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Title: Efficiency of atorvastatin and simvastatin in improving cardiac function during the different degrees of hyperhomocysteinemia
Authors: Nikolic Turnic T.
Jakovljevic V.
Djuric, Dragan M.
Jeremić N.
Jeremic, Jovana
Stojic, Isidora
Srejovic I.
Selakovic, Dragica
Zivkovic V.
Journal: Canadian Journal of Physiology and Pharmacology
Issue Date: 1-Jan-2018
Abstract: © 2018, Canadian Science Publishing. All rights reserved. The aim of this study was to assess the impact of atorvastatin and simvastatin on myocardial contractility during the different degrees of hyperhomocysteinemia (HHcy) in rats. Study was conducted on adult male Wistar albino rats (n = 90; 4 weeks old; 100 ± 15 g body mass) in which HHcy was achieved by dietary manipulation. Animals were exposed to pharmacology treatment with atorvastatin in dose of 3 mg/kg per day i.p. or simvastatin in dose of 5 mg/kg per day i.p. at the same time every day, according to equivalent therapeutic doses of these statins (10 mg atorvastatin = 20 mg simvastatin). After the dietary manipulation and pharmacological treatment and confirmation of HHcy, all animals were sacrificed, hearts were isolated, and cardiac function was tested according to the Langendorff technique. Size of recovery of maximum rate of left ventricular development (dp/dtmax), minimum rate of left ventricular development (dp/dtmin), systolic left ventricular development, diastolic left ventricular development, heart rate, and coronary flow at the 40, 60, 80, 100, and 120 cmH2O coronary perfusion pressure were measured in state of physiological condition (homocysteine less than 15 μmol/L), mild HHcy, and moderate HHcy. Atorvastatin treatment significantly attenuated homocysteine-induced impairment of myocyte contractility and dominantly decreased dp/dtmax, dp/dtmin, and heart rate and induced greater changes in systolic left ventricular development compared with simvastatin. Treatment with atorvastatin seems able to revert systolic abnormalities and improve contractility during the different degrees of HHcy.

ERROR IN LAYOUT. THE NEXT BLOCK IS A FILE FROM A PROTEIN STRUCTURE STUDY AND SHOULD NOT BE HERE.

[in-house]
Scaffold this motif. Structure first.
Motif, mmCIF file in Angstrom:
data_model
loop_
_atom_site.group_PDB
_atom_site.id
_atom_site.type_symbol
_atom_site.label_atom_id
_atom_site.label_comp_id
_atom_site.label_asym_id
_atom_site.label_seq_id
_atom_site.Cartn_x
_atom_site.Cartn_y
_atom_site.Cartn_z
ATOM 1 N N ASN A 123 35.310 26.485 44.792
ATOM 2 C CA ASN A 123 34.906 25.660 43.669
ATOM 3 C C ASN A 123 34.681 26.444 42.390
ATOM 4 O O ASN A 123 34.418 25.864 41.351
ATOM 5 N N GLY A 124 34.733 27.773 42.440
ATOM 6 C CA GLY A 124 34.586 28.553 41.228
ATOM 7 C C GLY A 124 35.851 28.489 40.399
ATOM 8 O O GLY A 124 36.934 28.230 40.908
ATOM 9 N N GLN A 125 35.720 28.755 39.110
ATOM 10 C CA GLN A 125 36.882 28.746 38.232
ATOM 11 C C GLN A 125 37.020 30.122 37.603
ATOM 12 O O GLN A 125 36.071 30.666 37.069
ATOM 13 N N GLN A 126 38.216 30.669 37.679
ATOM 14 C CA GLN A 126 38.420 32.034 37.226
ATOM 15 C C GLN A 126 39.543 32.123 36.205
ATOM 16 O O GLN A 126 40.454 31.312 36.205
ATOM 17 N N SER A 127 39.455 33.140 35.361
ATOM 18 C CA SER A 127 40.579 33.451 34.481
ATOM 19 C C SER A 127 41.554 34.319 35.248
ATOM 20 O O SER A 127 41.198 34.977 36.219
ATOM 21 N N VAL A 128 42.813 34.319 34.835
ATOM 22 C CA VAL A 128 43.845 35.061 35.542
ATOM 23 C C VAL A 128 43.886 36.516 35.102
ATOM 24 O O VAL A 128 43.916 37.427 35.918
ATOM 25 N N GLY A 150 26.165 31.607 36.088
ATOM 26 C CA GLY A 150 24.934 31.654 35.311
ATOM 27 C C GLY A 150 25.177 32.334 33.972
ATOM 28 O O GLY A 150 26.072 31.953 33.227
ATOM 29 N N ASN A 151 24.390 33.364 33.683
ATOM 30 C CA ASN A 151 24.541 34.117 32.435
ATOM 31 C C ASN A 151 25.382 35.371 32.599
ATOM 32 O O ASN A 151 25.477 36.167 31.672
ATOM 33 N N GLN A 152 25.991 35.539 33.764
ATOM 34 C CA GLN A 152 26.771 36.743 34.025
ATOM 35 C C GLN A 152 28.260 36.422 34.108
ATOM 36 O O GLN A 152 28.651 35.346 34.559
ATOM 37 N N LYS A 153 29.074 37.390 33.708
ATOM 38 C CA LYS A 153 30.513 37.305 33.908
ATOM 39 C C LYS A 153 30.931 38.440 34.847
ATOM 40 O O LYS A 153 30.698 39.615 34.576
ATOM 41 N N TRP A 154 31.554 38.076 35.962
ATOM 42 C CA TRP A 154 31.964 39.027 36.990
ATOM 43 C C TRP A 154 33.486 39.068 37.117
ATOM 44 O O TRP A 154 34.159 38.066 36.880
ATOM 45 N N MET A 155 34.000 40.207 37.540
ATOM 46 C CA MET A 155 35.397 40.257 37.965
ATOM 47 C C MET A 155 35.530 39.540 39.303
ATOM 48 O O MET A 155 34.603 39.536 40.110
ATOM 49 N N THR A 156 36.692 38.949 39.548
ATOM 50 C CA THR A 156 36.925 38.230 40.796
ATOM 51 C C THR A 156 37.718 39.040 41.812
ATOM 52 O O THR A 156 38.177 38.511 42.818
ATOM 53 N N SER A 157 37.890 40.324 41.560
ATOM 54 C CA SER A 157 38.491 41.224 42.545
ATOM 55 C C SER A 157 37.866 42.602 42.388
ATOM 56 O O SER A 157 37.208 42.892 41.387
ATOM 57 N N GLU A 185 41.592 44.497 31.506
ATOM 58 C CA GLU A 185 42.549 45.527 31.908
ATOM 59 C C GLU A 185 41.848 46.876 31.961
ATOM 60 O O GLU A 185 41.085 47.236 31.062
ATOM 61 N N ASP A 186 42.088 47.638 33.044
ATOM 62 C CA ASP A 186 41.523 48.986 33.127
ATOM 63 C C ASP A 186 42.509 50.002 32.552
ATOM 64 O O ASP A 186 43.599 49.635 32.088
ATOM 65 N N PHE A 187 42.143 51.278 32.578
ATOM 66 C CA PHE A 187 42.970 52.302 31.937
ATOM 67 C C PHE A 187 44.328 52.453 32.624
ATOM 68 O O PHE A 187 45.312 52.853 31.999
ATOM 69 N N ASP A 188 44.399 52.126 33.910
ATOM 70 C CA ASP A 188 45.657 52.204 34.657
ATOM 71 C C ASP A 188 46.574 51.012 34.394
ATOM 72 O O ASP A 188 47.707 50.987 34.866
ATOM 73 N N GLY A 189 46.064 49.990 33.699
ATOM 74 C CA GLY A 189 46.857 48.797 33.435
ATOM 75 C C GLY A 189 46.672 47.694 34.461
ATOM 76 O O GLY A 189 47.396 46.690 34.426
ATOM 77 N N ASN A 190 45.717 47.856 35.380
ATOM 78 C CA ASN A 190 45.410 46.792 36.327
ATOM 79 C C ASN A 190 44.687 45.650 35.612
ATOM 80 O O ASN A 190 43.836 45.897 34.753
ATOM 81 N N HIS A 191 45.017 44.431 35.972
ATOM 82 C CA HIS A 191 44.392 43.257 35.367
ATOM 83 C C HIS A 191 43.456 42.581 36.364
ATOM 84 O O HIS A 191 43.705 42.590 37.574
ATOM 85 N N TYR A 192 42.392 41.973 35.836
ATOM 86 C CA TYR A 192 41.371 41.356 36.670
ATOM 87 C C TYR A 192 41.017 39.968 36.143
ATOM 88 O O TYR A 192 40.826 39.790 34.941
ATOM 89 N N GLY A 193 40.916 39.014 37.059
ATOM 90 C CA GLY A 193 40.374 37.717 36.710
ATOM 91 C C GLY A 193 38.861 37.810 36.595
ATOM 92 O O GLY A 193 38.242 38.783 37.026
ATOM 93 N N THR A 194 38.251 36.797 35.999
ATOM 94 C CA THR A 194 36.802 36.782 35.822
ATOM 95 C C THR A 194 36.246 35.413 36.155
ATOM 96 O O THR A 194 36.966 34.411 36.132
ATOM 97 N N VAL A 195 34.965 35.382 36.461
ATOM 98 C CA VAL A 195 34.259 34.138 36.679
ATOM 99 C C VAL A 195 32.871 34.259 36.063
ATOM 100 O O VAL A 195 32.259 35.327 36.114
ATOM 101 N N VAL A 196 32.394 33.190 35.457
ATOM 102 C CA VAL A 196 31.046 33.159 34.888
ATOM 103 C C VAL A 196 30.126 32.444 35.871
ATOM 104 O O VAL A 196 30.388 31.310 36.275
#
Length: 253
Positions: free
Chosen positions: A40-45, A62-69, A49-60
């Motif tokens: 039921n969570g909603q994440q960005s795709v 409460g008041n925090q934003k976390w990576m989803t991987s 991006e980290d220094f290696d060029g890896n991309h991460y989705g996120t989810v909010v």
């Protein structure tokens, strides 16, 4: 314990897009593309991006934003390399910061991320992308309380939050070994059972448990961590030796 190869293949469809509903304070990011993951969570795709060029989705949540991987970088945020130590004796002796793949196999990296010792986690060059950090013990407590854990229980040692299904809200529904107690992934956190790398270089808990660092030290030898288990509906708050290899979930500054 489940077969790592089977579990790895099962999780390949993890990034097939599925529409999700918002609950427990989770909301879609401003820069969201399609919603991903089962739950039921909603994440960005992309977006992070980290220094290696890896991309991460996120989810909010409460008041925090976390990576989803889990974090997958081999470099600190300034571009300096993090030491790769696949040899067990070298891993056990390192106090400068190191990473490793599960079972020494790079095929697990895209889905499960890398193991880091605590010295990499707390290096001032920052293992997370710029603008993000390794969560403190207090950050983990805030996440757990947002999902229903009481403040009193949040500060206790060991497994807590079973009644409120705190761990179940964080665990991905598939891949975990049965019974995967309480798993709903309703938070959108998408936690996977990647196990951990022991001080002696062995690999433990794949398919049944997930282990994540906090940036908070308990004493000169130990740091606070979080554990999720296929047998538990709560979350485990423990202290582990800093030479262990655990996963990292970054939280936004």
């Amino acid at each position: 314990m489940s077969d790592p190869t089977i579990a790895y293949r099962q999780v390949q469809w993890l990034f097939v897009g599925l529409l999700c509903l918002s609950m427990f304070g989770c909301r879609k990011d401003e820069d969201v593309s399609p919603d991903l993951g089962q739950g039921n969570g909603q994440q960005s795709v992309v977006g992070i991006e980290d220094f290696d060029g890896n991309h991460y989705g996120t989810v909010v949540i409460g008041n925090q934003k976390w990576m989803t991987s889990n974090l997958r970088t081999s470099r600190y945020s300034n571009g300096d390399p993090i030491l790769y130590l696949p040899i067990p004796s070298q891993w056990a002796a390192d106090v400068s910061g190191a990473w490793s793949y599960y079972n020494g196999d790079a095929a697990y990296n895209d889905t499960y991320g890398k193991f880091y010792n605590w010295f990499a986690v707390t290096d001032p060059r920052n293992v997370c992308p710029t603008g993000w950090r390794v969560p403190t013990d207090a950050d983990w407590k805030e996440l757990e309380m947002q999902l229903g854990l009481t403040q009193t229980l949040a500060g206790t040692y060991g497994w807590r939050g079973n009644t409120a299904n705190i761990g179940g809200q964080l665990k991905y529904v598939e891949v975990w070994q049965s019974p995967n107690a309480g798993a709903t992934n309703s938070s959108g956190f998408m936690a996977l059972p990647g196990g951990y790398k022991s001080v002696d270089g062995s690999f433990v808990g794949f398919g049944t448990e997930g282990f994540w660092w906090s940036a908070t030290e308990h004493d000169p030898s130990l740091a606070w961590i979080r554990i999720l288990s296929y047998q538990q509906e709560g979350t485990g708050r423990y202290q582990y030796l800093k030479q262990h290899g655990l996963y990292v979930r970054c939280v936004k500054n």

Type: article
DOI: 10.1139/cjpp-2018-0102
ISSN: 00084212
SCOPUS: 85054448637
Appears in Collections:Faculty of Medical Sciences, Kragujevac

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